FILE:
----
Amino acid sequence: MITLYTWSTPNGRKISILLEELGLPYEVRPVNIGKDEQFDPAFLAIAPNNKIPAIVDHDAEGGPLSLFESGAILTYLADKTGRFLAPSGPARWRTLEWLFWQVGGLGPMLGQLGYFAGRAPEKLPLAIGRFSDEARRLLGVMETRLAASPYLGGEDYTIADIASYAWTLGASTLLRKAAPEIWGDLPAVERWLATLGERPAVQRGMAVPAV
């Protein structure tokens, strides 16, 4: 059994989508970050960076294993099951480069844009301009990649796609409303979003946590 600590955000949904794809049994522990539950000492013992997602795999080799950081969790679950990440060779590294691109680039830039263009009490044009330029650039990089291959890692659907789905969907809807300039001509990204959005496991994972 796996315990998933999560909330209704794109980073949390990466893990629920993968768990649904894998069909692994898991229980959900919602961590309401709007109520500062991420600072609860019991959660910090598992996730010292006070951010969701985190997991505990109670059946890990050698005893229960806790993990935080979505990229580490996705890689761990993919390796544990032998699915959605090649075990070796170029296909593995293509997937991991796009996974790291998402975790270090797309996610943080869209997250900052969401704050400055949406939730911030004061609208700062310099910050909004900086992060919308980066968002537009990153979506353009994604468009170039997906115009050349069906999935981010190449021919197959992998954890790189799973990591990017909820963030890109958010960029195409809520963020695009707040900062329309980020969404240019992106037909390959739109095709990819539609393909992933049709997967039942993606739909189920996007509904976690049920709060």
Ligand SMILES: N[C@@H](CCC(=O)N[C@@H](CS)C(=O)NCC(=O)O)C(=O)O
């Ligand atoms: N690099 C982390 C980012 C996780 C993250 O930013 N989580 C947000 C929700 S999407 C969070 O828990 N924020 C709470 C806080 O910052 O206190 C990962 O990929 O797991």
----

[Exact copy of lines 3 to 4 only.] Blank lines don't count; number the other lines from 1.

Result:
Ligand SMILES: N[C@@H](CCC(=O)N[C@@H](CS)C(=O)NCC(=O)O)C(=O)O
């Ligand atoms: N690099 C982390 C980012 C996780 C993250 O930013 N989580 C947000 C929700 S999407 C969070 O828990 N924020 C709470 C806080 O910052 O206190 C990962 O990929 O797991």